How can excluded groups realise their power?
This programme has been about empowering people who have not had control over the decisions affecting their lives.
Although groups can carry the very different identities of, for example, migrants, disabled people, older people, mental health service users and people in poverty, we tried not to label anybody as 'powerless' or 'vulnerable'. Rather, we concentrated on what we all share as 'people' – on the power that groups can have, the power they can share, the power that holds them back and the power that is often hidden and rests with others.
This programme has been directed throughout by a team of people with personal experiences of these different identities. The team has been looking at:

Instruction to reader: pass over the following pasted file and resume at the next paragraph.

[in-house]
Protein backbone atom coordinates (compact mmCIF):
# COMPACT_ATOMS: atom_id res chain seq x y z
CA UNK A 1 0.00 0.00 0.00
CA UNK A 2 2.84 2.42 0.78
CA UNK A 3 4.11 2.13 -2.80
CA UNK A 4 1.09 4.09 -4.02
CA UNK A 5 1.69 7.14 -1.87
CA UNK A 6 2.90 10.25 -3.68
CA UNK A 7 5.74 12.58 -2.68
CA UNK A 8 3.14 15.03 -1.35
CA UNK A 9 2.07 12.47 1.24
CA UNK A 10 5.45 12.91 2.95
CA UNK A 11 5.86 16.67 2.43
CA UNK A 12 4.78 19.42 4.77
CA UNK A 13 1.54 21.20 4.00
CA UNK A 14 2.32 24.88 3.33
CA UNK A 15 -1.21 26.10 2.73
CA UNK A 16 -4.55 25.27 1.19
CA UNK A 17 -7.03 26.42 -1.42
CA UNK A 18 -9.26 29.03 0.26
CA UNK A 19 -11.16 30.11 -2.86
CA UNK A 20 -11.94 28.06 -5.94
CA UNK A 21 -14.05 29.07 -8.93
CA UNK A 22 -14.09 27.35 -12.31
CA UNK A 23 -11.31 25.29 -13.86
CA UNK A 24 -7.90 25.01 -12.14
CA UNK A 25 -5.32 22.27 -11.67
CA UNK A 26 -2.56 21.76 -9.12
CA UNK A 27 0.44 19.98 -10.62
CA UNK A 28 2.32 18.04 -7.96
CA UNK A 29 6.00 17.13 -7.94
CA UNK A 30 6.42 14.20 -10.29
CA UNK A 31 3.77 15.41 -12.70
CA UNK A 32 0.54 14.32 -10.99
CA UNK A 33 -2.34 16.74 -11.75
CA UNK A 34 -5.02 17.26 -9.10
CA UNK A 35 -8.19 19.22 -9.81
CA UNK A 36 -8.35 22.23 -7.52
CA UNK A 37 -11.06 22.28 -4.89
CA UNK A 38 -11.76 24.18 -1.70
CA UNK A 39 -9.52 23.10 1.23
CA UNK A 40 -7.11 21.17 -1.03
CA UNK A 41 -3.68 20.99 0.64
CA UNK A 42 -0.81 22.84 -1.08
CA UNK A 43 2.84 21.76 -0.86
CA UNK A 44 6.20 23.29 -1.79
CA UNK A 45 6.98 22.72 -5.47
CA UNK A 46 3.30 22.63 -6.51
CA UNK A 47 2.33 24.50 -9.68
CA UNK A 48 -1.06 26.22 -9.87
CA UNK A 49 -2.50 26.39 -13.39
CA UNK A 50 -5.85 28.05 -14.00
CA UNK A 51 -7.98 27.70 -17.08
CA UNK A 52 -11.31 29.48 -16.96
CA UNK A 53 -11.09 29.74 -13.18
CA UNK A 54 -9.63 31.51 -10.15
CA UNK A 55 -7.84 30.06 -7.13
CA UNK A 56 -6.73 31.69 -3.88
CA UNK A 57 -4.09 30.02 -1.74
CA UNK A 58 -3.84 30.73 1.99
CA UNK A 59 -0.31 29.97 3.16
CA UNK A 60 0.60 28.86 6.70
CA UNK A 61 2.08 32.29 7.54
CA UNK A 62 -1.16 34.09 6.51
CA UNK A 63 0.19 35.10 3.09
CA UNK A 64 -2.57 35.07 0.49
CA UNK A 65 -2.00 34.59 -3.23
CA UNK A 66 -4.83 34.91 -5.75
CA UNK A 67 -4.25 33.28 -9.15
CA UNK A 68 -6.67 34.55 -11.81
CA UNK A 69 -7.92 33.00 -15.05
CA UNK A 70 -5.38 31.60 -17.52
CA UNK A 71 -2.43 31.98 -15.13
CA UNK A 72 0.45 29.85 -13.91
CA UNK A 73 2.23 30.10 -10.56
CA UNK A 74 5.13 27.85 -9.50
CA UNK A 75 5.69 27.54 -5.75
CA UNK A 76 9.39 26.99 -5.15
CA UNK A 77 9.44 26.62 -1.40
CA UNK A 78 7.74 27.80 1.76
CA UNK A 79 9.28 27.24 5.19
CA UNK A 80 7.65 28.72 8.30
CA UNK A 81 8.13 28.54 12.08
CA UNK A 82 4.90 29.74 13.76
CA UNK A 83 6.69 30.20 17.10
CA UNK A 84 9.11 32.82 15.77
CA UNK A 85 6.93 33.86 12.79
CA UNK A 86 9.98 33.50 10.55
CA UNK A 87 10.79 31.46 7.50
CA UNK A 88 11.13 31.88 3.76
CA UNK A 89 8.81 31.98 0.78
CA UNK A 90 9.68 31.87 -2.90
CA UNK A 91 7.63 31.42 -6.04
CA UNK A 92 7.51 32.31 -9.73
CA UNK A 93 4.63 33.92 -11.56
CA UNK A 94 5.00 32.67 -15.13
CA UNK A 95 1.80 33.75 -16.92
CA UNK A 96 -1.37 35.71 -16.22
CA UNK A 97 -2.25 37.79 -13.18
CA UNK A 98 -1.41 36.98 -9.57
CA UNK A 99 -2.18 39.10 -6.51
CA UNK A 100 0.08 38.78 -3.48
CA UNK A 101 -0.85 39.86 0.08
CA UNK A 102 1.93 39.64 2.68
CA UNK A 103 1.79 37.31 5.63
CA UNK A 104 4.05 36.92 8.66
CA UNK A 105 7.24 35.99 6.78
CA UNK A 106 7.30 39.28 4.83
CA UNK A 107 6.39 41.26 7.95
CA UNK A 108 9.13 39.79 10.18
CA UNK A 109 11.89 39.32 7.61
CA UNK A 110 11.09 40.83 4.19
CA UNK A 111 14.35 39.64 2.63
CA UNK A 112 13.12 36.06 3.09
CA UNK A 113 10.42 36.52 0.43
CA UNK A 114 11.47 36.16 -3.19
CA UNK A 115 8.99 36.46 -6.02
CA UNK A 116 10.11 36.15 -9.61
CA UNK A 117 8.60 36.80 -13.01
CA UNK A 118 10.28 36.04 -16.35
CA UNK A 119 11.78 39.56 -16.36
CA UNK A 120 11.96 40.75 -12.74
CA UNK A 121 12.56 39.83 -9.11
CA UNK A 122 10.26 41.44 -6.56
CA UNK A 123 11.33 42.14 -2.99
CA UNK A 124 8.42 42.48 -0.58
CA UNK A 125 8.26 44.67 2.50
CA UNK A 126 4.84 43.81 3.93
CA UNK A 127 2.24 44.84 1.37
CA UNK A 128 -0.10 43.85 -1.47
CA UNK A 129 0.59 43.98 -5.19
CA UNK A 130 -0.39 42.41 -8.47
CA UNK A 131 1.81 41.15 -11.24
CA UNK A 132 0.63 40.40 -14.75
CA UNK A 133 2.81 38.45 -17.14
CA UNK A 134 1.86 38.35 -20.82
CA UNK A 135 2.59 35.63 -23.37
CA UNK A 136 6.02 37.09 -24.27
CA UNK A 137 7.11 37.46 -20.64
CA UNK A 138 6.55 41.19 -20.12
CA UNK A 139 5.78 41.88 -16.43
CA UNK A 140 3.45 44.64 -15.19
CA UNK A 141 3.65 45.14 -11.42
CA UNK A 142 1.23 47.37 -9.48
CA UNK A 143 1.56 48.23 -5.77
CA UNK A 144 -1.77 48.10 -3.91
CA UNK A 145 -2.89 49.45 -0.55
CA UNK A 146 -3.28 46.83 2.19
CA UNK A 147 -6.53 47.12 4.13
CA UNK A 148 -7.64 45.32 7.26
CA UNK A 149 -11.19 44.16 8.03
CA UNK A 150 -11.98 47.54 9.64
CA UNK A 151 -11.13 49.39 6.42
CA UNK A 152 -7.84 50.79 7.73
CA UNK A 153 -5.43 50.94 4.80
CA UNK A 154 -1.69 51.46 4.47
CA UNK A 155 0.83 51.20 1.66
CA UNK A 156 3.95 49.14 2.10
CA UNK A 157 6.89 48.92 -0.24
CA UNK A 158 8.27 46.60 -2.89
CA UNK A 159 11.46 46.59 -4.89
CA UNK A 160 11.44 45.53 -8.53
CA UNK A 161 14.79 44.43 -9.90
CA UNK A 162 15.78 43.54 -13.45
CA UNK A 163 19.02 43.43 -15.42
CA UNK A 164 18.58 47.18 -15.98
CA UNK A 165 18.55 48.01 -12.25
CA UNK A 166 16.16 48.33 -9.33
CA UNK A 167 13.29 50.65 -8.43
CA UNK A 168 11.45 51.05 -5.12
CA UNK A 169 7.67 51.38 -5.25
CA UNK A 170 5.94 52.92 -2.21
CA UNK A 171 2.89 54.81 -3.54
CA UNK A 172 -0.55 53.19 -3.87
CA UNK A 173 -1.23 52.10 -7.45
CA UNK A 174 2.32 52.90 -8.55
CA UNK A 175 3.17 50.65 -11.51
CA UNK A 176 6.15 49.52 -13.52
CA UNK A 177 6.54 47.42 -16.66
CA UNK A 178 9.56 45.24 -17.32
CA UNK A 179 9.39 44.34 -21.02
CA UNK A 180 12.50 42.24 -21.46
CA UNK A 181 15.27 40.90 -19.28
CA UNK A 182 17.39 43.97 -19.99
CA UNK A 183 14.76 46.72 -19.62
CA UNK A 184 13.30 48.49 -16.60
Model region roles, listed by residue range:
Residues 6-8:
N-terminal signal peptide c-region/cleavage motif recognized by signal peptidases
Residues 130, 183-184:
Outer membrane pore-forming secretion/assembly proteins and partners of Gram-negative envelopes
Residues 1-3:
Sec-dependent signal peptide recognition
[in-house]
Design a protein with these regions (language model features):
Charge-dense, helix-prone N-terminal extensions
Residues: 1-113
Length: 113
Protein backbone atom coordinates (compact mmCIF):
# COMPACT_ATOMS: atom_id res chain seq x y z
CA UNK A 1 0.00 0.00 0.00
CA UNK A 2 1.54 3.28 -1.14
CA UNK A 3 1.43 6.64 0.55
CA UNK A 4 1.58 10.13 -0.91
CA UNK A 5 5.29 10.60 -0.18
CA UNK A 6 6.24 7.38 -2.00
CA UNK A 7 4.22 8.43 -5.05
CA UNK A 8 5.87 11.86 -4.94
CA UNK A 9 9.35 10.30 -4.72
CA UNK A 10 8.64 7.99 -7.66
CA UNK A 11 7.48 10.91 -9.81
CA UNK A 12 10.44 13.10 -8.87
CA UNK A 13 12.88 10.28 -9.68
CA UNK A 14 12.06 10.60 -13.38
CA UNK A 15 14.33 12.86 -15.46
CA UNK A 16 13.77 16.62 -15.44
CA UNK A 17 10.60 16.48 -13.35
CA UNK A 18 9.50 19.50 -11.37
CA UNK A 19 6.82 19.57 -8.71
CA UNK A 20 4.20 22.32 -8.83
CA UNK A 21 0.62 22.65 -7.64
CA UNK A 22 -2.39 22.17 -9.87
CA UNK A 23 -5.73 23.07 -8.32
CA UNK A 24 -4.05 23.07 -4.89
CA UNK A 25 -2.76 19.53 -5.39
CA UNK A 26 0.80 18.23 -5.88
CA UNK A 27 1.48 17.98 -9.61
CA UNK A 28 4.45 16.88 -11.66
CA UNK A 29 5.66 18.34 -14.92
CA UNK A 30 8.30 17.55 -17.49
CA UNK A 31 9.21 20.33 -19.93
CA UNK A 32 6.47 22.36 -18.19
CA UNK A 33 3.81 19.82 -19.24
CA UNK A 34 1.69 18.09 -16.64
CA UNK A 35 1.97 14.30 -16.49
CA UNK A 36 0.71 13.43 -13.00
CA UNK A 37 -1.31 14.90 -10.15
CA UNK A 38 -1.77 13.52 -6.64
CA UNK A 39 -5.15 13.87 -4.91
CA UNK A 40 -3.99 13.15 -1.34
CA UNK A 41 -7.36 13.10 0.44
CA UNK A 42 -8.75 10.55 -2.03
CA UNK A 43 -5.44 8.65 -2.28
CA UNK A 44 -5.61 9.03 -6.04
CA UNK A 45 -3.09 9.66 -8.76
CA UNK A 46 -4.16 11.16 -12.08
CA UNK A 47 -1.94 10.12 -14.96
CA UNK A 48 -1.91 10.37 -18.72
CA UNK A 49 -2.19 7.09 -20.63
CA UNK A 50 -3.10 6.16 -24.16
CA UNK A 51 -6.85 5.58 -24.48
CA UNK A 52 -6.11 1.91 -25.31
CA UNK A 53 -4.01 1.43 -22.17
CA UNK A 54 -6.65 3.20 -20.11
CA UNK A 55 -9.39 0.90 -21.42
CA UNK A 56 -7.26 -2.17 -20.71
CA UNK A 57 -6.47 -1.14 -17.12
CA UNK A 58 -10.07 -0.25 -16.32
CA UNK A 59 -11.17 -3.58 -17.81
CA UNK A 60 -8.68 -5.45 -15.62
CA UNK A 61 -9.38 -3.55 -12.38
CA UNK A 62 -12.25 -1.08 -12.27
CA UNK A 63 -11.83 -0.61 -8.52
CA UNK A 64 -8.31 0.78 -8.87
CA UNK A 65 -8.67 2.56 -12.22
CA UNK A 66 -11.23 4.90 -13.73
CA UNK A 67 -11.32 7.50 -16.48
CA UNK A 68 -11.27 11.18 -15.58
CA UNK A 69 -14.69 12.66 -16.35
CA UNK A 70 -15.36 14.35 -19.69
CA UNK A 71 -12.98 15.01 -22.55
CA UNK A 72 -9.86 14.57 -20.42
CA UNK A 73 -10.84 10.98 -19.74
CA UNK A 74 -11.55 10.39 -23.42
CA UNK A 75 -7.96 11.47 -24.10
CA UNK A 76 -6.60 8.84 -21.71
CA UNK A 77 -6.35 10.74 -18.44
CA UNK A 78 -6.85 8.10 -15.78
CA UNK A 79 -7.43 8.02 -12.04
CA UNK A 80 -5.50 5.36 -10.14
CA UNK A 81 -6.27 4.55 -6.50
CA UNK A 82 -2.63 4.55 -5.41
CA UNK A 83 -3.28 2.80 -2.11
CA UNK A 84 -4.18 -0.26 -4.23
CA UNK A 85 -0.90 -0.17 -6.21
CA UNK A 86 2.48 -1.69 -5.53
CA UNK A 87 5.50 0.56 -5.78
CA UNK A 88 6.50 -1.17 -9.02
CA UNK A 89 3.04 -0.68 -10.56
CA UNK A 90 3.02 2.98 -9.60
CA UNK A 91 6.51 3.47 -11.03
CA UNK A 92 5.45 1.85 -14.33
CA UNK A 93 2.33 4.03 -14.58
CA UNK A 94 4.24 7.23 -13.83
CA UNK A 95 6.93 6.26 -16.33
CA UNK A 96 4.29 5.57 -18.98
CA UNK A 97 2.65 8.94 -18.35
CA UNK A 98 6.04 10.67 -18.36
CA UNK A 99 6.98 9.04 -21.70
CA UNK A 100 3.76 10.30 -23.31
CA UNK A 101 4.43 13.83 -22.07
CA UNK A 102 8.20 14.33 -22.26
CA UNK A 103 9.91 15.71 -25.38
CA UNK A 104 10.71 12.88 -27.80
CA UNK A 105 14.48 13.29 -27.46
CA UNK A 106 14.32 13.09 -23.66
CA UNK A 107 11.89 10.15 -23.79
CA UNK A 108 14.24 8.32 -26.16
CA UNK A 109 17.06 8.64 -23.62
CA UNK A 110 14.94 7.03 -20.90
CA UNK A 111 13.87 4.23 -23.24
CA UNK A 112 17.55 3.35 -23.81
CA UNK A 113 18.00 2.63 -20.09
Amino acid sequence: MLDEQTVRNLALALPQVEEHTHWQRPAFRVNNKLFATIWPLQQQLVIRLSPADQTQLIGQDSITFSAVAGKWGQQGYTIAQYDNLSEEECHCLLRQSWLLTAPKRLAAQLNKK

the possibilities of working across labels and identities;
Some of this work has been grounded in a project led by Carnegie UK Trust and co-funded by JRF on power analysis – providing one lens through which to make sense of power and participation. There are two published outputs from this work available from the Carnegie UK Trust website and via the hyperlinks below;
A practical guide for facilitating social change that uses ‘power analysis’ – sharing the learning from groups and organisations that used this approach;
A research report looking at how ‘power analysis’ can support groups and organisations to think about and increase their own power and influence.
We are currently finalising outputs (short reports, films) that draw together learning from across this and other programmes, as the issues of power, change and voice have been central to JRF work on Independent Living for example. Nine short films on power and care – filmed by independent and acclaimed film-maker David Hevey.